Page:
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7 Strategic Considerations for Medicare Appeals
Thursday, March 21, 2024

Ensuring that Medicare only pays for covered services is critical for protecting taxpayers, and it is one of the Centers for Medicare and Medicaid Services’ (CMS) primary responsibilities. However, improperly denying Medicare health plan reimbursement requests can also result in significant losses for participating health care service providers.

The CMS audit regime ensures that participating providers get paid—and only get paid—for services covered under the Medicare billing regulations. Unfortunately, a wrongful Medicare denial during Medicare audits is common. This leaves many participating health service providers needing to file appeals. 

The Medicare appeal process is complex and can prove both resource-intensive and time-consuming in many cases. However, some steps participating providers can—and typically should—take to ensure that the process goes as smoothly and results in as favorable an outcome as possible. With a clear understanding of the process and its risks and opportunities, providers and their counsel can strategically target favorable outcomes without unnecessary costs or delays.

So, what can—and should—healthcare providers and their counsel do when faced with the need to pursue a Medicare appeal? Here are seven strategic considerations:

  1. Identifying the Scope of the Appeal

At the outset, it is important to identify the scope of the appeal. This means both (i) understanding the volume of claim denials that are subject to appeal and, (ii) determining the specific grounds for appealing each individual claim at issue.

Of course, in many cases, Medicare-participating providers can challenge multiple claim denials on similar (if not identical) grounds to the federal district court. However, even when one issue during an audit results in multiple unjustified denials, it is important not to assume this is the only issue at play. Providers generally only get one chance to file an appeal—they must initiate the process within 120 days of receiving a Medicare summary notice of denial—so it is critical to ensure that an appeal addresses all relevant claims and asserts all viable grounds.

This can be a time-intensive process, so beginning the assessment as soon as possible is important. Working with their legal counsel, healthcare providers should identify all flaws in the audit process and the specific claim(s) affected by each. Then, with a clear understanding of what they stand to gain by filing an appeal, providers can decide whether moving forward with the process is warranted.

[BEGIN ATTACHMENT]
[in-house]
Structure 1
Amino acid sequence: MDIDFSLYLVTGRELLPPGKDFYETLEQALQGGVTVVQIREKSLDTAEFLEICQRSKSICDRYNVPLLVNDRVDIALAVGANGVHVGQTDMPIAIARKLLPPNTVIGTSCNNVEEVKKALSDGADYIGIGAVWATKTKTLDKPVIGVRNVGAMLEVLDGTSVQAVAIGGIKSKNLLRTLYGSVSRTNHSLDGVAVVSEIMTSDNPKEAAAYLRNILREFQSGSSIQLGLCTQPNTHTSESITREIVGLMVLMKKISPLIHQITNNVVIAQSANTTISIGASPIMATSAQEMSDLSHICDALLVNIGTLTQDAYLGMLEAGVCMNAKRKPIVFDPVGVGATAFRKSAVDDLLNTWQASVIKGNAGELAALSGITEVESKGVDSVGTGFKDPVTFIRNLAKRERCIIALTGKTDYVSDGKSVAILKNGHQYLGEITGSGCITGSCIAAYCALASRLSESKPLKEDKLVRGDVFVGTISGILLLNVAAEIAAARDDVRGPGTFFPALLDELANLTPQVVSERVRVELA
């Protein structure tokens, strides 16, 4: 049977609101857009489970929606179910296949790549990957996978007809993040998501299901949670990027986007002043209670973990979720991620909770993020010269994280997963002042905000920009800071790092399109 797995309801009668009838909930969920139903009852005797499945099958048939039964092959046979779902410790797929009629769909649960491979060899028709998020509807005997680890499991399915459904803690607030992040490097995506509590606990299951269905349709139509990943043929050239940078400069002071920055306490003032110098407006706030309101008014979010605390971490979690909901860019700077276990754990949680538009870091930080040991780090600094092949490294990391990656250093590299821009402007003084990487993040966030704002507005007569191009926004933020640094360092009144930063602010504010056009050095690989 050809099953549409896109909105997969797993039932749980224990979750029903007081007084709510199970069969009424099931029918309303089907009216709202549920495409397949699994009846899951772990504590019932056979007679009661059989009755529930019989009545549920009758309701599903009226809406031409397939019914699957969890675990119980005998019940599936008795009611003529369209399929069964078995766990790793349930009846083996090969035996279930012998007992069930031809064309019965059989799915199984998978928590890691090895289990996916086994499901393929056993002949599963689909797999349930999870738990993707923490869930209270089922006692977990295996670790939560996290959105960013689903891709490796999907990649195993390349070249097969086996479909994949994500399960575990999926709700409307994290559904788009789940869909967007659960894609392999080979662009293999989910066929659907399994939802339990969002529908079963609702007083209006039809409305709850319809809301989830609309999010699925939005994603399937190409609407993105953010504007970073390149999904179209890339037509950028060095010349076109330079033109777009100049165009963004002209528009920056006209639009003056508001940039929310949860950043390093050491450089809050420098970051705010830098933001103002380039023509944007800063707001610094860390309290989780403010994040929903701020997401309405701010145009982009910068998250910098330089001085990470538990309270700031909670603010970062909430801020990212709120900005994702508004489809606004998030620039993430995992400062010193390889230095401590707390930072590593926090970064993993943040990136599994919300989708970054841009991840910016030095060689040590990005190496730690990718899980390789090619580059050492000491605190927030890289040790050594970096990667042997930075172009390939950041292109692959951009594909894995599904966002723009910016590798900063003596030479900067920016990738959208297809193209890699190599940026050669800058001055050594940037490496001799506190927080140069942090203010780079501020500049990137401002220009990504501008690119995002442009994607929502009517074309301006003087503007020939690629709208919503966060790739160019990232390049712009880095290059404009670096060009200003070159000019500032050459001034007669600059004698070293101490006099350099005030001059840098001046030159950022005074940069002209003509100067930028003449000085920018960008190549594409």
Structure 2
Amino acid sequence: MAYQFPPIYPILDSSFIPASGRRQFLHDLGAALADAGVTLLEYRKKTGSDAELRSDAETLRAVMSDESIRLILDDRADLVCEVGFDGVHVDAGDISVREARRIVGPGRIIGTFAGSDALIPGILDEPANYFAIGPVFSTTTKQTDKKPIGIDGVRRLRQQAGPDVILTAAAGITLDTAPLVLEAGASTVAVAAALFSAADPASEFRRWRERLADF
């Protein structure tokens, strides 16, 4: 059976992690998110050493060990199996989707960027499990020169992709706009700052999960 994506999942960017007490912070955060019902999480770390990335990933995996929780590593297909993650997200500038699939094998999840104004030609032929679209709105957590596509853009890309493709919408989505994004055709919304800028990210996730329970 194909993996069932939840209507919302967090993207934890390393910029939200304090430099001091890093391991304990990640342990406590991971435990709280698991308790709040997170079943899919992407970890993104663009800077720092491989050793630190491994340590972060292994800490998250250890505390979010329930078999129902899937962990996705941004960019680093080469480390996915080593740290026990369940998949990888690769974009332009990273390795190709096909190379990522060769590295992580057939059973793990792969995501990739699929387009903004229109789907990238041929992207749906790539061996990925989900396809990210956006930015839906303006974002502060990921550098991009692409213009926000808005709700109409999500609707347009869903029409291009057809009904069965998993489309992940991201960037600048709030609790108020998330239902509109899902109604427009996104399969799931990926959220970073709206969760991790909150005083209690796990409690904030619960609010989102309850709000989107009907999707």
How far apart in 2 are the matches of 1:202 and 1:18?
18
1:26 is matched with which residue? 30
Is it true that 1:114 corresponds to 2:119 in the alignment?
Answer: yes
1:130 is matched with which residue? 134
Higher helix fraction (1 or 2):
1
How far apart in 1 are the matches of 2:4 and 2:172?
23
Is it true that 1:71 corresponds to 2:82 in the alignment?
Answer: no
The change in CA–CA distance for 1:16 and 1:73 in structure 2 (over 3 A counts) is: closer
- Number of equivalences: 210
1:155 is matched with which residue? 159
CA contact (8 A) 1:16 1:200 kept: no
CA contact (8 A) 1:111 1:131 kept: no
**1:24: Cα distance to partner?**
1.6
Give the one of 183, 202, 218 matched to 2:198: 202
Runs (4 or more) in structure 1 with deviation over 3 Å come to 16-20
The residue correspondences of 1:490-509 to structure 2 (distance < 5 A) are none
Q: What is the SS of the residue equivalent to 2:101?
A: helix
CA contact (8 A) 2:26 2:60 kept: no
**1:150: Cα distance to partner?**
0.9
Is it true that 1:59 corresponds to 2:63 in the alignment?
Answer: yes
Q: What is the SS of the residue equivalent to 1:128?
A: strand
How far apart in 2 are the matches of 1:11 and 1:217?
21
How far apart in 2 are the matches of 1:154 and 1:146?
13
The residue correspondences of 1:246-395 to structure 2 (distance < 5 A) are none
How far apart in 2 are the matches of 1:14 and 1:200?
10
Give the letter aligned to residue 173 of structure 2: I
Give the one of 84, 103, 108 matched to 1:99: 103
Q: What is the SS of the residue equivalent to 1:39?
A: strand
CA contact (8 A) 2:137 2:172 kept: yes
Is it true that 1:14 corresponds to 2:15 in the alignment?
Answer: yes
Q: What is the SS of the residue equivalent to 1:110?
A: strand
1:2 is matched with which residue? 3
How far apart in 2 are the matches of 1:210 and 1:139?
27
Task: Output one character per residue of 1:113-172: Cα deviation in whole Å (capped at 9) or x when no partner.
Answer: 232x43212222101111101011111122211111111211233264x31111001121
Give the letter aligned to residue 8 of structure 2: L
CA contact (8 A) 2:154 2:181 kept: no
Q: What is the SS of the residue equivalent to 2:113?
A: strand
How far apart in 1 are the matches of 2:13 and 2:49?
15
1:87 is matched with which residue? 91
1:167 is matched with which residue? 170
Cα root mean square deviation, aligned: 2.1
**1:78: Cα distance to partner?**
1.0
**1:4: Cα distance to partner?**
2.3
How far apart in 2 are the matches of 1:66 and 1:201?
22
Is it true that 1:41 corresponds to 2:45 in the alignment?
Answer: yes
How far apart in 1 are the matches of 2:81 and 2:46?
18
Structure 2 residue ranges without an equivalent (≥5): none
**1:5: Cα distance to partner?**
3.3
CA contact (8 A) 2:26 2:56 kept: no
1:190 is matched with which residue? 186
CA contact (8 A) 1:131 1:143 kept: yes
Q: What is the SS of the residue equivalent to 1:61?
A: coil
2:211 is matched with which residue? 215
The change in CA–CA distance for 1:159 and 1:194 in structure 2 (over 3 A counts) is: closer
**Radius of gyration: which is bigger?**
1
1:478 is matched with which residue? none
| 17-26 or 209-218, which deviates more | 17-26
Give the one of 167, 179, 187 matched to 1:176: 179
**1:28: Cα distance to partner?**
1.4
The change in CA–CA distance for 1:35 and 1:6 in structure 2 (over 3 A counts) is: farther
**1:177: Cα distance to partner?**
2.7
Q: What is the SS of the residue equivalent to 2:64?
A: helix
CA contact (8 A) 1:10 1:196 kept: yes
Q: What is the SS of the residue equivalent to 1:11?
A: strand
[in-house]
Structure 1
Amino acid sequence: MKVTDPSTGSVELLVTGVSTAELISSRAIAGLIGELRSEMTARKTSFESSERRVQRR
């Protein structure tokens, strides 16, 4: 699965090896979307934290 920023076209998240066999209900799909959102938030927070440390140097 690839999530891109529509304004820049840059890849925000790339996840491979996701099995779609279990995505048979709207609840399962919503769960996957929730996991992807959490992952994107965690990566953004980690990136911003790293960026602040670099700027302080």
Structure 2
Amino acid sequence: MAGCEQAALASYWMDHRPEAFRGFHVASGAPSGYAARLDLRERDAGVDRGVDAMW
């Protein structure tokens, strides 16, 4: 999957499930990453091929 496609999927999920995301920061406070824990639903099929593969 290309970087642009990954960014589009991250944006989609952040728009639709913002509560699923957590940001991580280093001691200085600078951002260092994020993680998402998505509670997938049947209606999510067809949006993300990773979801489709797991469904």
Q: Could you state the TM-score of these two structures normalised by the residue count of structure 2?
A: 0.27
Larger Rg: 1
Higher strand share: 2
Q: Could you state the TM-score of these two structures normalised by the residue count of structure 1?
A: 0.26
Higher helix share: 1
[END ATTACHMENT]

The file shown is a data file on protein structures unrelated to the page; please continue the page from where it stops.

1. Gathering the Documentation Needed to Pursue a Successful Medicare Appeal

If filing an appeal is warranted, the next step is to gather the documentation needed to pursue a successful appeals process. This documentation broadly falls into three categories:

  • Patient and Billing Records – Providers should collect (or at least identify) all patient and billing records, such as prescription drug coverage or Medicare number, relevant to their Medicare appeals. When seeking to reverse a claim denial, substantiating the claim's validity with preexisting documentation is critical.
  • Documentation from the Audit – Providers should also collect all documentation from the audit that resulted in the unwarranted denial(s). This includes not only the final audit report, but also all communications and other records generated during the audit process. These records will be critical for demonstrating why reversal is warranted. 
  • Documentation of the Grounds for the Appeal – In addition to collecting (or identifying) all relevant existing documentation, providers should also work closely with their legal counsel to document the grounds for their Medicare appeals. When seeking reversal of Medicare coverage or payment decision made by Medicare, providers and their counsel must clearly demonstrate the flawed determinations that led to the unjustified denials.
  • Having all three of these forms of documentation readily available is critical for finding success during the Medicare appeal process. Whether seeking a redetermination from a Medicare Administrative Contractor (MAC) or challenging a Qualified Independent Contractor (QIC) decision at the Office of Medicare Hearings and Appeals (OMHA) or Medicare Appeals Council, being thoroughly prepared and proactively submitting the documentation that decision-makers will need to render a favorable decision is essential for ensuring that the process is as efficient as possible.
  1. Attending to the Formalities of the Medicare Appeal Process